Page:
To help reduce gun violence and expand access to mental health services for children, the Bipartisan Safer Communities Act includes a number of Medicaid/CHIP provisions to ensure access to comprehensive health services and to strengthen school-based mental health care. In 2019, Medicaid covered nearly four in ten children nationwide, providing coverage for a comprehensive set of physical and behavioral health services. Mental health concerns among children have increased in recent years, and access and utilization of mental health care may have worsened during the pandemic. As directed by the Safer Communities Act, on August 18 the Centers for Medicare and Medicaid Services (CMS) released informational bulletins to guide state implementation of the Early and Periodic Screening, Diagnostic and Treatment (EPSDT) benefit (particularly mental health services) and expand access to school-based Medicaid services. This policy watch examines Medicaid’s current role in providing coverage for EPSDT and school-based health services, current challenges, and changes to these services included in the new legislation.
What is EPSDT and what does Safer Communities Act do?
A wide range of services for children are required to be covered under Medicaid’s EPSDT benefit. Under EPSDT, states are required to cover all screening services for children as well as any services “necessary… to correct or ameliorate” a child’s physical or mental health condition. Under EPSDT, states must provide screenings for developmental and behavioral health conditions, as well as for vision, hearing, and dental conditions, on a periodic basis that meets reasonable standards of medical practice. This benefit facilitates greater access to care for children with behavioral health needs, as children diagnosed with mental or other behavioral health conditions must receive any service available under federal Medicaid law necessary to address the condition, even if the state does not cover the behavioral health service for adults.
A 2019 GAO report found that many Medicaid-covered children do not receive recommended screenings and services and recommended increased CMS oversight of EPSDT. More recent data from the Child Core Set for FY 2020 show similar findings with a range in the median share of children who received a well-child visit across states (from 66% of children in their first 15 months of life to 53% of those 12-21). The median share of children under age 4 who received screenings for risk of developmental, behavioral, or social delays across states was 36% and the median share of all children who received preventive dental services was 42%. The GAO report recommended several steps necessary for CMS to increase oversight and ensure that children receive appropriate EPSDT services, including regular assessment and evaluation of EPSDT performance measures and state performance as well as planning assistance to help states improve their provision of the EPSDT benefit.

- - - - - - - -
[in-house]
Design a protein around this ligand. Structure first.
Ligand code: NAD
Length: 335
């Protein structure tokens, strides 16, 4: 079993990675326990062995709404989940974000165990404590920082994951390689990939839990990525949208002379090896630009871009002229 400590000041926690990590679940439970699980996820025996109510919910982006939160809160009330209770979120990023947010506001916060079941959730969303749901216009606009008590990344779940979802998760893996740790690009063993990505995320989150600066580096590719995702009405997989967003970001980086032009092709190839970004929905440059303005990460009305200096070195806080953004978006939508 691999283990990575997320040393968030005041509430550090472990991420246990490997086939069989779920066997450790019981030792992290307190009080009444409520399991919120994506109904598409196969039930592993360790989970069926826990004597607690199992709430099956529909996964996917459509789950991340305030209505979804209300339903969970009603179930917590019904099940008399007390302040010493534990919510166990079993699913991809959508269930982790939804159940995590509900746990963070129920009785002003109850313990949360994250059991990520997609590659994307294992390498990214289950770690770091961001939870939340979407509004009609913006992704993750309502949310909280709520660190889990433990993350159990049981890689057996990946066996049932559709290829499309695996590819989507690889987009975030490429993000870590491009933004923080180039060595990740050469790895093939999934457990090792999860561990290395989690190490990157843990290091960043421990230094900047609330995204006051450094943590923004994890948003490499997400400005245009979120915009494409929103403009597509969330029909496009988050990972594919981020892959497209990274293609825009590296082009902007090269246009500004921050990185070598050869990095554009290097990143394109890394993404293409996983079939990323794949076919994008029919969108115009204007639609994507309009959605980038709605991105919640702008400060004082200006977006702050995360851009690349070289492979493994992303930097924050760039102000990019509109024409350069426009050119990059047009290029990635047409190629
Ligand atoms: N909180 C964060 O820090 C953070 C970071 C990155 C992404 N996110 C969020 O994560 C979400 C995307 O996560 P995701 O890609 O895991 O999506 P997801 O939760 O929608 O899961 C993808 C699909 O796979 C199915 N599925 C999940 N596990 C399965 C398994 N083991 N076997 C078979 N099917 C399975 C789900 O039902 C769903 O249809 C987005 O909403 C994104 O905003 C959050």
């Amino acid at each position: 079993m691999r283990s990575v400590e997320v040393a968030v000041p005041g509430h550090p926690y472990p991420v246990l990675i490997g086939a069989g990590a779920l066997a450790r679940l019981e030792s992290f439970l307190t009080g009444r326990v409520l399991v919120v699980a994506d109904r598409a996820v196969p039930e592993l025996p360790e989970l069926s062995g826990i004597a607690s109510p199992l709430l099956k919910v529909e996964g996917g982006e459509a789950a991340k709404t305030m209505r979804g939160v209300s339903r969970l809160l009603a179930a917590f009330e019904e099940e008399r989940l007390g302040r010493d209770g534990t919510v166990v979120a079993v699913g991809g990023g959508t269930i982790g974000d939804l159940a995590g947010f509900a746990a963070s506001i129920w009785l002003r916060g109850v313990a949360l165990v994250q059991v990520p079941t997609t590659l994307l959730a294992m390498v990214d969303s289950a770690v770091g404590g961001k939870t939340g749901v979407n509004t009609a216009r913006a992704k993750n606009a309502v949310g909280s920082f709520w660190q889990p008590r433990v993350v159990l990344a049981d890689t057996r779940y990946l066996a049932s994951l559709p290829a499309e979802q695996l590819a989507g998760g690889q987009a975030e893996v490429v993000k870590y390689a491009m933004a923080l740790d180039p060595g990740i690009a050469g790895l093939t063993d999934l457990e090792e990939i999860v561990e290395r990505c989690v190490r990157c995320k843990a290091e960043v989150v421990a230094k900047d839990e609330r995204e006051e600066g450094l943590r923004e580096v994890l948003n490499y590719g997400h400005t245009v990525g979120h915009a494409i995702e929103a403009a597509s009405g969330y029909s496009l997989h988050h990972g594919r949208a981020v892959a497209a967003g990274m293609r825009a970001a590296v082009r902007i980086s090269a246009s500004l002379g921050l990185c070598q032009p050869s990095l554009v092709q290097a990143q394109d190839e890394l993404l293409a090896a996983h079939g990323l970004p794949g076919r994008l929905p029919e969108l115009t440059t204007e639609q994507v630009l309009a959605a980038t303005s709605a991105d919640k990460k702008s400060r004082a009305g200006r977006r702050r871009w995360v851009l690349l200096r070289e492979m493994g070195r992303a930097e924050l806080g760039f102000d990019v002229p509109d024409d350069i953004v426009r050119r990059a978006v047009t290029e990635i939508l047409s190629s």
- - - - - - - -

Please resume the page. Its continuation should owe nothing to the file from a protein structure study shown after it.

The Safer Communities Act required federal agencies to review EPSDT implementation and provide updated guidance for state Medicaid programs by June 2024 and requires review and updated guidance every five years thereafter. On August 18, CMS released updated guidance that emphasizes the coverage of mental health and substance use disorder (SUD) services under EPSDT and provides various strategies to expand and strengthen behavioral health services for children with Medicaid. Prior to this, CMS had not released comprehensive guidance on EPSDT requirements and implementation since a series of strategy guides in 2014. The Act also requires the federal Department of Health and Human Services (HHS) to conduct regular reviews of state implementation of EPSDT services, identify gaps and deficiencies, and provide technical assistance to states. These requirements include a review of EPSDT services provided by managed care organizations (MCOs), which are an especially important source of care for children: as of July 2021, 37 states using managed care reported covering 75% or more of all children through MCOs. Finally, the Act directs the GAO to conduct a study on state implementation of EPSDT (including state oversight of managed care organizations) and submit a report to Congress by June 2025.